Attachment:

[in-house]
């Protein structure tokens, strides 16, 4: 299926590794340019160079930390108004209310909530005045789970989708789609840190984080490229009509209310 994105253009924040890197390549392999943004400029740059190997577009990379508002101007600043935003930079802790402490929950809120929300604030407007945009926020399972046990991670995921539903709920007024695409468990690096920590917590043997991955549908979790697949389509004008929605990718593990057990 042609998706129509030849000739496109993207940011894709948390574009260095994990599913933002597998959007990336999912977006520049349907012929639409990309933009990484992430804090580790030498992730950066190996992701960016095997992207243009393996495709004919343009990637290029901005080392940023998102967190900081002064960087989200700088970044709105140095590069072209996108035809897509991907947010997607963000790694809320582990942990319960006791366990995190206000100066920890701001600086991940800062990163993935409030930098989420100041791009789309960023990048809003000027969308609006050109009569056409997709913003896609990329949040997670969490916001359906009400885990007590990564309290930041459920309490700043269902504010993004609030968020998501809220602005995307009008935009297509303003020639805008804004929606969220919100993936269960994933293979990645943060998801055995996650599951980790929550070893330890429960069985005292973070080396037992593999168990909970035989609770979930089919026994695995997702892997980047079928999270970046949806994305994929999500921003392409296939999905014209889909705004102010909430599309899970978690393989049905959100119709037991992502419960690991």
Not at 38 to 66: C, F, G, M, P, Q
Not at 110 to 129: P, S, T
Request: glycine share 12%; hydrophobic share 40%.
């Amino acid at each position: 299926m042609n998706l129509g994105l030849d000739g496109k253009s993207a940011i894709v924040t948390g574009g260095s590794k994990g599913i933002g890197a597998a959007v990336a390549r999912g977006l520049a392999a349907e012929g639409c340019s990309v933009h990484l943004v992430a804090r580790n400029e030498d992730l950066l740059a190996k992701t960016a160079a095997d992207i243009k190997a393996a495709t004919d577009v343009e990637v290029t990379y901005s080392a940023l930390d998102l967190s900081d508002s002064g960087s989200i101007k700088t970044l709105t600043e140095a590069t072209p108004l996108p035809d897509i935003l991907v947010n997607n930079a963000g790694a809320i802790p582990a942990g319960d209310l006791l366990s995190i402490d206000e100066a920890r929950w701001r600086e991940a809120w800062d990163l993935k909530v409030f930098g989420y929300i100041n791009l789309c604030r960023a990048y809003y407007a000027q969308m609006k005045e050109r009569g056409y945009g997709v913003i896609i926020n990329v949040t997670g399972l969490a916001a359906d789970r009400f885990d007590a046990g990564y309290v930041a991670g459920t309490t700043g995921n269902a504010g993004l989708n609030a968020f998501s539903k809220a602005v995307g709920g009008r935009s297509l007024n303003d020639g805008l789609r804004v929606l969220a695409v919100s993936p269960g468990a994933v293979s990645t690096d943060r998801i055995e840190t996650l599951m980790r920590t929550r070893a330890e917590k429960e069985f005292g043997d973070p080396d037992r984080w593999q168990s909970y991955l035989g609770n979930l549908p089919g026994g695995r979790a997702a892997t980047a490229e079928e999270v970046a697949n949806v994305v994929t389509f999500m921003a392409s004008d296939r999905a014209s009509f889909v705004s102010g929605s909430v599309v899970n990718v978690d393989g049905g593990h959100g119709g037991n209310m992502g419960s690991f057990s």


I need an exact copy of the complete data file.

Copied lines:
[in-house]
């Protein structure tokens, strides 16, 4: 299926590794340019160079930390108004209310909530005045789970989708789609840190984080490229009509209310 994105253009924040890197390549392999943004400029740059190997577009990379508002101007600043935003930079802790402490929950809120929300604030407007945009926020399972046990991670995921539903709920007024695409468990690096920590917590043997991955549908979790697949389509004008929605990718593990057990 042609998706129509030849000739496109993207940011894709948390574009260095994990599913933002597998959007990336999912977006520049349907012929639409990309933009990484992430804090580790030498992730950066190996992701960016095997992207243009393996495709004919343009990637290029901005080392940023998102967190900081002064960087989200700088970044709105140095590069072209996108035809897509991907947010997607963000790694809320582990942990319960006791366990995190206000100066920890701001600086991940800062990163993935409030930098989420100041791009789309960023990048809003000027969308609006050109009569056409997709913003896609990329949040997670969490916001359906009400885990007590990564309290930041459920309490700043269902504010993004609030968020998501809220602005995307009008935009297509303003020639805008804004929606969220919100993936269960994933293979990645943060998801055995996650599951980790929550070893330890429960069985005292973070080396037992593999168990909970035989609770979930089919026994695995997702892997980047079928999270970046949806994305994929999500921003392409296939999905014209889909705004102010909430599309899970978690393989049905959100119709037991992502419960690991």
Not at 38 to 66: C, F, G, M, P, Q
Not at 110 to 129: P, S, T
Request: glycine share 12%; hydrophobic share 40%.
């Amino acid at each position: 299926m042609n998706l129509g994105l030849d000739g496109k253009s993207a940011i894709v924040t948390g574009g260095s590794k994990g599913i933002g890197a597998a959007v990336a390549r999912g977006l520049a392999a349907e012929g639409c340019s990309v933009h990484l943004v992430a804090r580790n400029e030498d992730l950066l740059a190996k992701t960016a160079a095997d992207i243009k190997a393996a495709t004919d577009v343009e990637v290029t990379y901005s080392a940023l930390d998102l967190s900081d508002s002064g960087s989200i101007k700088t970044l709105t600043e140095a590069t072209p108004l996108p035809d897509i935003l991907v947010n997607n930079a963000g790694a809320i802790p582990a942990g319960d209310l006791l366990s995190i402490d206000e100066a920890r929950w701001r600086e991940a809120w800062d990163l993935k909530v409030f930098g989420y929300i100041n791009l789309c604030r960023a990048y809003y407007a000027q969308m609006k005045e050109r009569g056409y945009g997709v913003i896609i926020n990329v949040t997670g399972l969490a916001a359906d789970r009400f885990d007590a046990g990564y309290v930041a991670g459920t309490t700043g995921n269902a504010g993004l989708n609030a968020f998501s539903k809220a602005v995307g709920g009008r935009s297509l007024n303003d020639g805008l789609r804004v929606l969220a695409v919100s993936p269960g468990a994933v293979s990645t690096d943060r998801i055995e840190t996650l599951m980790r920590t929550r070893a330890e917590k429960e069985f005292g043997d973070p080396d037992r984080w593999q168990s909970y991955l035989g609770n979930l549908p089919g026994g695995r979790a997702a892997t980047a490229e079928e999270v970046a697949n949806v994305v994929t389509f999500m921003a392409s004008d296939r999905a014209s009509f889909v705004s102010g929605s909430v599309v899970n990718v978690d393989g049905g593990h959100g119709g037991n209310m992502g419960s690991f057990s």